Chris Lawrance has voted mostly Liberal in the past, yet there is no guarantee she will do so again at the coming federal election.
Ms Lawrance, who co-owns a clothing store in Flinders on the Mornington Peninsula, has occasionally voted Labor, but is now open to voting for anyone who best represents her values at this election, which must be held by May.
Nat Lawrance Riordan with her mother Chris Lawrance. Credit:Justin McManus
“I think people are tired of politics where there’s infighting and pettiness,” she said.
If the Coalition is to retain government and the Flinders electorate, which it holds by 5.6 per cent, it can ill-afford to lose voters like Ms Lawrance.
She believes Health Minister Greg Hunt is a good local member.
But his decision to retire from politics after 20 years in Parliament strips the Liberal Party of its incumbency advantage, raising expectations locally of an open contest where the strongest candidate will prevail irrespective of party ties.
The electorate includes some of Victoria’s priciest real estate in Sorrento and Portsea, while in Hastings and Mornington there are pockets of entrenched disadvantage.
Health Minister Greg Hunt is retiring from politics. Credit:Alex Ellinghausen
The seat’s demographics are changing: voter enrolments rose from 110,729 at the 2019 election to 113,815 in September this year.
Ms Lawrance said honesty, transparency, respect for voters and protecting the local environment would determine how she votes.
Her daughter Nat Lawrance Riordan, who lives in Bittern and co-owns the clothing store, has previously voted Liberal, Labor and Greens but is open to an independent.
“You can have a mixture of opinions from the major parties,” she said. “Someone needs to pick up on that.”
Ms Lawrance Riordan sees an opportunity for renewal in Flinders.
“It leaves room for a woman to come in and act strongly on climate change.”
The election race so far is an all-female contest, making it likely a woman will win Flinders for the first time.
Independent candidate Despi O’Connor will contest the federal election in Flinders.
Mornington Peninsula councillor Despi O’Connor will run as an independent, vowing to be a local voice in Canberra free from the restrictions of party politics.
Labor has preselected Surbhi Snowball who has worked in banking, agriculture and small business. She argues the government has failed to show leadership on climate change or deliver the health and childcare services the growing electorate requires.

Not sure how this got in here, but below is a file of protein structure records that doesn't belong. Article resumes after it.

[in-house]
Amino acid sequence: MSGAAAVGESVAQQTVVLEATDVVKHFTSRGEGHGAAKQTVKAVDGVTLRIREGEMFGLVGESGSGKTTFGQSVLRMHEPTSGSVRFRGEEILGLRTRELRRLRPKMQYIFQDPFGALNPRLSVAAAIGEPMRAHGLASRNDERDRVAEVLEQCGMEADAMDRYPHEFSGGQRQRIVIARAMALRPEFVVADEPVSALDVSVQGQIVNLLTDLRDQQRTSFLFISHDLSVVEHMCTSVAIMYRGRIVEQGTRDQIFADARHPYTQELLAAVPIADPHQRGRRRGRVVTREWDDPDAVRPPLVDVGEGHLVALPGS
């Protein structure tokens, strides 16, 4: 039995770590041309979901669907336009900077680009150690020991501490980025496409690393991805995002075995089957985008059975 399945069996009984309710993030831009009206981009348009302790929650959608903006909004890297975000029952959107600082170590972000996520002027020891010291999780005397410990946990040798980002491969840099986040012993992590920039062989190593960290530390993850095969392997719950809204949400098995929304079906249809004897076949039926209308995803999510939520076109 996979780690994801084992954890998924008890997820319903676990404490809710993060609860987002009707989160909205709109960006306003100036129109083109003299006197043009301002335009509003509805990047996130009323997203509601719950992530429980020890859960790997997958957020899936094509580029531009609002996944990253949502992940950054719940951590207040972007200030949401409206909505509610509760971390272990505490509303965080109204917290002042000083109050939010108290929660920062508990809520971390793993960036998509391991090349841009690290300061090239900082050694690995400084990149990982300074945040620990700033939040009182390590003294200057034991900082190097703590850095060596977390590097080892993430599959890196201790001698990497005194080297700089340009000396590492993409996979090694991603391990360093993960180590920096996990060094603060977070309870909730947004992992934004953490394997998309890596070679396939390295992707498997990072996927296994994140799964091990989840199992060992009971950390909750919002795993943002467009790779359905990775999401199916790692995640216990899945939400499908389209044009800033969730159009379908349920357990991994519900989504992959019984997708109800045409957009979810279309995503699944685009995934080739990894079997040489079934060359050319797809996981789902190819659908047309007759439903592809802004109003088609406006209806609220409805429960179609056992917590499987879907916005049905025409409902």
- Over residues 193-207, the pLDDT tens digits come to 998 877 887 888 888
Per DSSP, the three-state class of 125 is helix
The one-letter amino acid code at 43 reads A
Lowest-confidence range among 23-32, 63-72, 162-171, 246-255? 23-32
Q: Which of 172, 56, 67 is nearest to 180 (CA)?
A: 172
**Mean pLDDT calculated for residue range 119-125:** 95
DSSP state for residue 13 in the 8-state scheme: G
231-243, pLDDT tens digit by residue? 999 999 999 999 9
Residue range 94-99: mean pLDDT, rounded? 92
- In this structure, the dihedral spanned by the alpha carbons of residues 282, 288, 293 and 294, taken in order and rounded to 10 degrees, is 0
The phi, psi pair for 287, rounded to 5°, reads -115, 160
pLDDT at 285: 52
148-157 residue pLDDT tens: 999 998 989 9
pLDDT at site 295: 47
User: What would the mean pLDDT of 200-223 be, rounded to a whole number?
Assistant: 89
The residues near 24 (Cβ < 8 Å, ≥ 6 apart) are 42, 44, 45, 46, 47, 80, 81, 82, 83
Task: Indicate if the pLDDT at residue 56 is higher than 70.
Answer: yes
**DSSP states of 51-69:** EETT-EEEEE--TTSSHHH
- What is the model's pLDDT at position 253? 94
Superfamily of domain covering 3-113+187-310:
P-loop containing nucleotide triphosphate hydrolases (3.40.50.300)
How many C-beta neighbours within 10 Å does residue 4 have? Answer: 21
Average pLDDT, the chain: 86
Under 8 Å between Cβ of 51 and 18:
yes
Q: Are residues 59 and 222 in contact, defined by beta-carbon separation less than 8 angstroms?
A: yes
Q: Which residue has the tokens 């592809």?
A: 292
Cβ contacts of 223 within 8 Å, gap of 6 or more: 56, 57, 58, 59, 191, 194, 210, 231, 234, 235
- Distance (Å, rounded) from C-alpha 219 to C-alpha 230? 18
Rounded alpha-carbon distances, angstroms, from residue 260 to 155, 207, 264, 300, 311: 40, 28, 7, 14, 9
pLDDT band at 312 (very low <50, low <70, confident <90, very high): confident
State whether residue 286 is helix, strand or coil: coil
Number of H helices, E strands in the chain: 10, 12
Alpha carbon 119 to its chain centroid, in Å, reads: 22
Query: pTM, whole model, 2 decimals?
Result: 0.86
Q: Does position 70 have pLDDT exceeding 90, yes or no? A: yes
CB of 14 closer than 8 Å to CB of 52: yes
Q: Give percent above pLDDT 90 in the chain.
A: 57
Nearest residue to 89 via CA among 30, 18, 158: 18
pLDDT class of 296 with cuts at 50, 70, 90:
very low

The independent Voices of Mornington Peninsula group voted to endorse their candidate, Claire Boardman, on Saturday.
Ms Boardman, the deputy public health commander for infection prevention and control in the Victorian Department of Health and Human Services’ COVID-19 team, submitted her resignation on Friday.
And the Liberal Party will finalise preselection early next year with former political staffer Zoe McKenzie considered a frontrunner, having gained Mr Hunt’s endorsement.
La Trobe University political scientist Andrea Carson described Flinders as “highly contestable”.
“It’s a seat that covers a wide range of demographics economically and socially,” she said.
Associate Professor Carson said poor treatment of women in federal politics and low representation of female MPs in Parliament, particularly in the Liberal Party, had motivated women to run as candidates.
Heidi Duell at Rye Beach. Credit:Justin McManus
Rye resident Heidi Duell, who co-founded a local charity conducting guided Indigenous tours, believes Labor’s unlikely victory in the local state seat of Nepean in 2018 signalled a mood for change.
And Mr Hunt suffered a swing against him of 3.78 per cent in 2019 in first preference votes in 2019.
Ms Duell has never voted Liberal but insists Labor’s climate commitments fall short.
“I don’t think it’s ever been more important to have independents,” she said.
Ms Duell wants to see more Indigenous representation in caring for country, including more Aboriginal park rangers.
And she is also upset about the government cutting funding for university arts and humanities courses, arguing the move was bad for society and people had lost their jobs unnecessarily.
Peter Orton at the Home Ground cafe in Mornington where he is a director of the social enterprise. Credit:Justin McManus
Mornington resident and businessman Peter Orton was a staunch Liberal voter until he started voting Labor about 10 years ago. But he is now considering voting for an independent candidate.
Mr Orton, who volunteers on social enterprise projects, is dismayed by the federal government’s climate change policies, insisting it should be acting faster to reduce carbon emissions immediately.
“They’re not acting out my values, and I’m disappointed by that,” he said.
Mr Orton believes disadvantaged parts of the electorate have been overlooked by governments – particularly in Mornington, Hastings and Tanti Park.
“Homelessness is a real issue down here,” he said. “Many people are sleeping in their cars.”
But fellow Mornington resident Helen White is determined to vote Liberal, describing her views as financially conservative. “When you’re a pensioner you have to be,” she said.
She is concerned about the rising number of independents running for office, fearing they may have a disruptive presence in the Parliament.
Jared Dunne behind the coffee machine. Credit:Justin McManus
First-time voter and barista Jared Dunne, who also lives in Mornington, wants stronger action on climate change.
But more importantly he wants a representative who places the local community above personal ambition.
Sadly, in politics this is a lot to ask.
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